Arkansas Times Recommends is a weekly series in which Times staff members (or whoever happens to be around at the time) highlight things we've been enjoying this week.
So here's a Halloween thing to do: Listen to an Arkansas Tech University professor of psychology talk about the smell of death! Ilan Shrira was a guest on NPR's "Science Friday"
today, talking about putrescine, a compound found in decaying corpses. You know you want to hear it, so go to their website
and hear him talk about his experiments on campus. (Guess what he discovered! People run from the smell of death of rotting corpses!) — Leslie Newell Peacock
I generally hate Walmarts. But the Walmart Neighborhood Market in Riverdale is growing on me. Nobody much shops there. You can park close to the door. Produce and meat and prepared food suck, but inventory of everything else is comprehensive. Need a weird hot sauce? An odd floor cleaning solution? Can't wait for Amazon to deliver it? This Walmart probably has it. It is essentially a super-sized convenience store. Edwards is my top choice for my weekly grocery shopping. But, yeah, I'll send the Waltons a few of my dimes for an occasional time saving. — Max Brantley
Last summer John Kirk wrote a story for the Arkansas Times
called "The roots of Little Rock's segregated neighborhoods."
It's a direct, straightforward piece of writing, undramatic even. But it's also horrifying and fascinating and resonant. This is the city we live in, and it's this way for a reason. We should all talk about it sometime, maybe.
The story doesn't seem particularly controversial — Little Rock is the result of a series of decisions, and Kirk is just documenting some of them — but you can tell from the comment section that some readers managed to take issue with it anyway. "The article makes it sound like there is a conspiracy plot going on," one of the (critical) commentors wrote, and well yeah: That's exactly what he's saying. On the other hand, there are things like this:
B. Finley Vinson, head of the Little Rock Housing Authority (LRHA) and its slum clearance and urban redevelopment director, freely admitted that, "the city of Little Rock through its various agencies including the housing authority systematically worked to continue segregation" through its slum clearance and public housing projects.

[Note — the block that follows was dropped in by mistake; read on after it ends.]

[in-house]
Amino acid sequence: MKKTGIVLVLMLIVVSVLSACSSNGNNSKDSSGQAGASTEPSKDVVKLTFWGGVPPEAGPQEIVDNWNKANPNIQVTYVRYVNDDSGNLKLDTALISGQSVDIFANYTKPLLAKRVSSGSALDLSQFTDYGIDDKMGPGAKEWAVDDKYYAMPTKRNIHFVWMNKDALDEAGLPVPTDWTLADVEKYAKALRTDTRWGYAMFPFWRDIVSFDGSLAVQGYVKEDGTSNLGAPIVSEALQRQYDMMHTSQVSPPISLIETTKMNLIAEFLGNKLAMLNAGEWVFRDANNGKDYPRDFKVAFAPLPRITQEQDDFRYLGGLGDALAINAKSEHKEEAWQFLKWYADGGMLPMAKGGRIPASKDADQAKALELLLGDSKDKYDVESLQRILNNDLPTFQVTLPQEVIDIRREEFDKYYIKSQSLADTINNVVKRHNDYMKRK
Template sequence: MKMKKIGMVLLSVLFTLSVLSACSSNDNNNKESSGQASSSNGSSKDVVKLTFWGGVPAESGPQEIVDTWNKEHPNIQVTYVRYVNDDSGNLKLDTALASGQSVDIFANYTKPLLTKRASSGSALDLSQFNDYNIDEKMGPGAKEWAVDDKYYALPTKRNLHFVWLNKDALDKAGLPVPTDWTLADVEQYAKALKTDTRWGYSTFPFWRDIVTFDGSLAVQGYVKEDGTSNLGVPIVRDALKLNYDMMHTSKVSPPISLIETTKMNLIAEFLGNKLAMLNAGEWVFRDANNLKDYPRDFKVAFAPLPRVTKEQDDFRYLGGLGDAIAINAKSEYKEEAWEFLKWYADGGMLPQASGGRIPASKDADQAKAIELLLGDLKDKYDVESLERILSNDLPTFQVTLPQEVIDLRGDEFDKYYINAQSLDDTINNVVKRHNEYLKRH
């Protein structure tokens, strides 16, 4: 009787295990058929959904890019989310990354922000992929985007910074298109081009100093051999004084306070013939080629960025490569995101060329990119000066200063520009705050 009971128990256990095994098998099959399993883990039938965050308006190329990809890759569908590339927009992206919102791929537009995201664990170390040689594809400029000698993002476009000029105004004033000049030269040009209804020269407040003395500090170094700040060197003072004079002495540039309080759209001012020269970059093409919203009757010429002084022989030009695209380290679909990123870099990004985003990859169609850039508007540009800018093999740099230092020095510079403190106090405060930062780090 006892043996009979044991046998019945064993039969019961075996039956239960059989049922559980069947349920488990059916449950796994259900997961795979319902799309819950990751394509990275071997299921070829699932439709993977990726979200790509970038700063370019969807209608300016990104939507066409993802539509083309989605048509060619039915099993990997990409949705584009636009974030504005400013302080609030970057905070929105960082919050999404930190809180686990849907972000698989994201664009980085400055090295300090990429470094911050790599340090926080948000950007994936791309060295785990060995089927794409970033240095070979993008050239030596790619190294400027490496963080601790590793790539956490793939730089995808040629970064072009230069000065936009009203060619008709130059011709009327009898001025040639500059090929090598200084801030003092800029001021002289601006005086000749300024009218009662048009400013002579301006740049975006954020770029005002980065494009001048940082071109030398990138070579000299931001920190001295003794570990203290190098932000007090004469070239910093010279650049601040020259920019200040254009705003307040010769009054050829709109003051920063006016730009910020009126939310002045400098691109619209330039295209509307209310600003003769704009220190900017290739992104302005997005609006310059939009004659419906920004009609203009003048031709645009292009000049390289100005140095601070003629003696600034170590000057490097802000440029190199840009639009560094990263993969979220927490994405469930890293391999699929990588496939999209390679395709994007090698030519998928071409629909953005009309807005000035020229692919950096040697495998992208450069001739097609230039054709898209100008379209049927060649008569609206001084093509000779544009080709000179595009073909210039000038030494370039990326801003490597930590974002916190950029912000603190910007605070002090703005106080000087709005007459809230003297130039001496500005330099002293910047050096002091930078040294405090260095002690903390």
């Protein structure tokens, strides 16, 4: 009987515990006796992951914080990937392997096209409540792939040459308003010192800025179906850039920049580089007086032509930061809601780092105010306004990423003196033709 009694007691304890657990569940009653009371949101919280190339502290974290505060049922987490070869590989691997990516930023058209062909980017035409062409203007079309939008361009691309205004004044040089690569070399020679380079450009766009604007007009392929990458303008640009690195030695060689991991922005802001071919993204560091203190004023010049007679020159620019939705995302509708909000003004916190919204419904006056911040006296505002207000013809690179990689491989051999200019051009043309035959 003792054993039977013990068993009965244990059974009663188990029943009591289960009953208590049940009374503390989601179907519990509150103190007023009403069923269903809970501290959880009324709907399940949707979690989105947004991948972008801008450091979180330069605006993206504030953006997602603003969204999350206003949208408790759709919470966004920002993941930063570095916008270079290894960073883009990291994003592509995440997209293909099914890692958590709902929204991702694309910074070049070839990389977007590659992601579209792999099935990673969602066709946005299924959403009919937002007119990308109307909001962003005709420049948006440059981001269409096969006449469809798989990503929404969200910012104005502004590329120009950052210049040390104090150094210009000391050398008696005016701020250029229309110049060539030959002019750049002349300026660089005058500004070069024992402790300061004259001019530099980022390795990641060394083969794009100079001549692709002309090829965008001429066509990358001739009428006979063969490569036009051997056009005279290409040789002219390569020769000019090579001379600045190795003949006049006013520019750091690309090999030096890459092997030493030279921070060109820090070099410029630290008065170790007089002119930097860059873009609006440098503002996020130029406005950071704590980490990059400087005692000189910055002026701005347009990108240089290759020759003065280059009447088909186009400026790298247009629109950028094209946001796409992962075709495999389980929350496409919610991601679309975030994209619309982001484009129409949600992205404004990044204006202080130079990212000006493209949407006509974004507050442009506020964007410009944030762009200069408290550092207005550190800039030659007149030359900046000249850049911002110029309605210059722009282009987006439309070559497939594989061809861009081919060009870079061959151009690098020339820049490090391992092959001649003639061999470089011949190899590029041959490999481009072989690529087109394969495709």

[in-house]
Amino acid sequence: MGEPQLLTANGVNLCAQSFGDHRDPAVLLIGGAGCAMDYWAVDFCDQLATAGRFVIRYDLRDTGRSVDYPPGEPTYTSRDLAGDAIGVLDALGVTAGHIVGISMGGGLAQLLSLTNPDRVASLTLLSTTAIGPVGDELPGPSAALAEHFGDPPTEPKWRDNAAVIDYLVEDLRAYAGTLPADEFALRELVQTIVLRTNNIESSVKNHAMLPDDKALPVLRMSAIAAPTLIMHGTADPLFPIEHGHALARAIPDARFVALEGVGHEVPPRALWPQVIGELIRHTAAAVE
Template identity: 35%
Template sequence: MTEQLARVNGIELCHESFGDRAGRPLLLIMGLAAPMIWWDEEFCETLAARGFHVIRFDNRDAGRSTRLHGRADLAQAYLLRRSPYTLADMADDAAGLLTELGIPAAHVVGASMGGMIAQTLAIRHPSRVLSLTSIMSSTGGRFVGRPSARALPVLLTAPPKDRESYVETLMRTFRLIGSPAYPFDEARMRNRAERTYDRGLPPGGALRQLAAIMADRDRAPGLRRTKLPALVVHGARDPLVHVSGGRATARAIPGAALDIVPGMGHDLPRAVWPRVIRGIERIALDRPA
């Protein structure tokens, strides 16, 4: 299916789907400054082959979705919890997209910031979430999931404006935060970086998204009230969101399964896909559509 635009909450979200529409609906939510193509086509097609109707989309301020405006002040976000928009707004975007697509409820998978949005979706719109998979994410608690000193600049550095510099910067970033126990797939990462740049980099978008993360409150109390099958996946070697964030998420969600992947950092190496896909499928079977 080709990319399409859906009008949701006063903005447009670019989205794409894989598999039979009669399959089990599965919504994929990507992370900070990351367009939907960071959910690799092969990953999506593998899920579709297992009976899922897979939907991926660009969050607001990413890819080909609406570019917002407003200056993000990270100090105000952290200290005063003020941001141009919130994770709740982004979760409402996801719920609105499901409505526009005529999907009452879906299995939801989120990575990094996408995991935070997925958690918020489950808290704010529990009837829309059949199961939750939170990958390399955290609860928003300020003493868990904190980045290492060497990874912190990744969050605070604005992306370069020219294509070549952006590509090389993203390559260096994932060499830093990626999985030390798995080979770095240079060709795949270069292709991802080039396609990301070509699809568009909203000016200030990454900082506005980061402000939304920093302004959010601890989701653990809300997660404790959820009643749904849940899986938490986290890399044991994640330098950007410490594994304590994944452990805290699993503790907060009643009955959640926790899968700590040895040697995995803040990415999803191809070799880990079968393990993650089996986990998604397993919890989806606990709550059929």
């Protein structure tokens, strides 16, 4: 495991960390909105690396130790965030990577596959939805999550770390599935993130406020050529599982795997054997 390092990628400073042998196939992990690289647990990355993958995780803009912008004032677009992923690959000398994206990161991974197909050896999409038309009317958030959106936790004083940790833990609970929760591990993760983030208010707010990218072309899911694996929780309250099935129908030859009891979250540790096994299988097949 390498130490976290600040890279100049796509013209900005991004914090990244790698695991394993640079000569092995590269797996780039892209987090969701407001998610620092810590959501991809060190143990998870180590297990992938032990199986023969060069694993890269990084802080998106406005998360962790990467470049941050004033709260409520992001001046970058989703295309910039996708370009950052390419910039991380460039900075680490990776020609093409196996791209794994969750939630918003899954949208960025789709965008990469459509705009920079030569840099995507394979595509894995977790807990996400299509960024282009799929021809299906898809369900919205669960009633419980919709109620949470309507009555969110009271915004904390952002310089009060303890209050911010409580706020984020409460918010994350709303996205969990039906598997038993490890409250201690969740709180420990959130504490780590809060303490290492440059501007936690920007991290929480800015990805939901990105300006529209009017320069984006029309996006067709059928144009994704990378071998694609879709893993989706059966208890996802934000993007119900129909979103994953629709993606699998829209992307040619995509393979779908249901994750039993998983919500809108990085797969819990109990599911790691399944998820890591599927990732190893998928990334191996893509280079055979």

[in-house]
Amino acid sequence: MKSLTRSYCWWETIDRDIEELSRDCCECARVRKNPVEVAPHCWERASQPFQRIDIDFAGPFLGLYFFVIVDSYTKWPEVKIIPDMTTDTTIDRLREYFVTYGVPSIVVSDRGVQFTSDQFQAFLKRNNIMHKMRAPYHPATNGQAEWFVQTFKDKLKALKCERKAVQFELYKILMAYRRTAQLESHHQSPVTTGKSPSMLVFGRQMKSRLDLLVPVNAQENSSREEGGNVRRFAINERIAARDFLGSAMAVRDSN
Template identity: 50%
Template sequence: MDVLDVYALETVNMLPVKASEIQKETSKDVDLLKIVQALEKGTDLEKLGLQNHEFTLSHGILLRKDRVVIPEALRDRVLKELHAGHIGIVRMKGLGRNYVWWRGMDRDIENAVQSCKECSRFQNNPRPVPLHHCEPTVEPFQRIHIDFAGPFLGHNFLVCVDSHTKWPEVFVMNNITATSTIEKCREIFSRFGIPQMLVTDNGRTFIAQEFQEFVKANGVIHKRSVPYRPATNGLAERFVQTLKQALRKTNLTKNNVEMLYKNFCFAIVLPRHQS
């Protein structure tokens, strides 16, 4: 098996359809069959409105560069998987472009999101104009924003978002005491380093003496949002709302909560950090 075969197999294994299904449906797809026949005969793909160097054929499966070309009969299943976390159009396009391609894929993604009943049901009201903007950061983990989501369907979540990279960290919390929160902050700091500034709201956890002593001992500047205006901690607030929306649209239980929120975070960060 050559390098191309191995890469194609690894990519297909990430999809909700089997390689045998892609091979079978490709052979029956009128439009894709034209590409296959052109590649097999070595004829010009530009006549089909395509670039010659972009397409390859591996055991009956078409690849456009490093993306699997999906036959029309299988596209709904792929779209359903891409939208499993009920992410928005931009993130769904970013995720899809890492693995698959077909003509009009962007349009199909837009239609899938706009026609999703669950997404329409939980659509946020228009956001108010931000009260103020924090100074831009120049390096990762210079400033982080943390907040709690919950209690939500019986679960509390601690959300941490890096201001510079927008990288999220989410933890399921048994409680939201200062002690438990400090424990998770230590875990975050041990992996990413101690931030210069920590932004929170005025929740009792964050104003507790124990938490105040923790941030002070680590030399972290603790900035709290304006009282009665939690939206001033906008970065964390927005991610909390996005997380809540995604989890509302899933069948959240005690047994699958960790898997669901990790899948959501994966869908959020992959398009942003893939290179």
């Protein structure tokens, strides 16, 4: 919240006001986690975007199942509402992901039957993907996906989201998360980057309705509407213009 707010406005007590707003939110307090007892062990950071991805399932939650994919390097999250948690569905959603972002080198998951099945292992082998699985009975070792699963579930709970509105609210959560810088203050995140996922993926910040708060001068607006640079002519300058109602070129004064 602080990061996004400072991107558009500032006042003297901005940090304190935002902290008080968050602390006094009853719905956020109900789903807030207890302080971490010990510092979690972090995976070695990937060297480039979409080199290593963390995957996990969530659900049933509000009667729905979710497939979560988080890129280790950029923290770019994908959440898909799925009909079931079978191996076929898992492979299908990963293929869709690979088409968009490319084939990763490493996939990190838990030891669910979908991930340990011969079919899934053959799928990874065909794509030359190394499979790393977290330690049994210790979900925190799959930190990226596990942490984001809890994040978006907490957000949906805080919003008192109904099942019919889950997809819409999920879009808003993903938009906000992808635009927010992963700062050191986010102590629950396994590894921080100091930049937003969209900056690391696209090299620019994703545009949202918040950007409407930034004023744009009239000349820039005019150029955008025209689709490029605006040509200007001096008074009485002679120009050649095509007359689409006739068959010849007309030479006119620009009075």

The word 'conspiracy' would at least imply some subtle evasiveness, wouldn't it? — Will Stephenson
You can rent the downtown streetcar for private parties
, which is what some friends and I did for my roommate's birthday last month. It's not cheap, but the trolley comfortably holds several dozen people, and if you get a large enough crowd to chip in $10 or $15 apiece, it's doable. You can bring food and drinks and coolers on board, happily, and the extraordinarily helpful staff at Rock Region Metro even keep an ice machine at the trolley barn in Argenta. You're also invited to decorate the interior beforehand with lights, streamers, baubles, taxidermy, whatever. Music is allowed; we had a karaoke machine, which was almost (but not quite) too much. Our driver was possessed of that special saintly kindness acquired by people whose jobs require them to stay sober and focused in the presence of drunk idiots. Yes, the trolley makes bathroom stops along the route. Yes, you can pick up people as you go, but only at the designated stops. No, you're not allowed to take the wheel.
There's something singularly disorienting about a party in a moving vehicle, and not just because of the lurching stops and starts coupled with alcohol. It creates a bubble outside of time and space, inflated with a manic, compressed social energy. The shifting scenes outside recede into pure window dressing; the real world is right here, on the intoxicated inside. Stay in that frame of mind too long and you'd go insane, or at least throw up, but it's a hell of a lot of fun for a couple hours. From time to time, you'll glimpse River Market pedestrians drifting by like ghosts. They point and occasionally wave. They all want to be on board. — Benji Hardy
I recommend watching Anthony Davis play basketball for the New Orleans Pelicans while listening to Moomin's album "The Story About You."
You might wonder what an NBA superstar has to do with minimal German techno, but the answer becomes obvious. The capacity to surprise and the capacity to deliver the expected note are in harmony, after all. There is nothing more mind-bending than arriving at the inevitable. — David Ramsey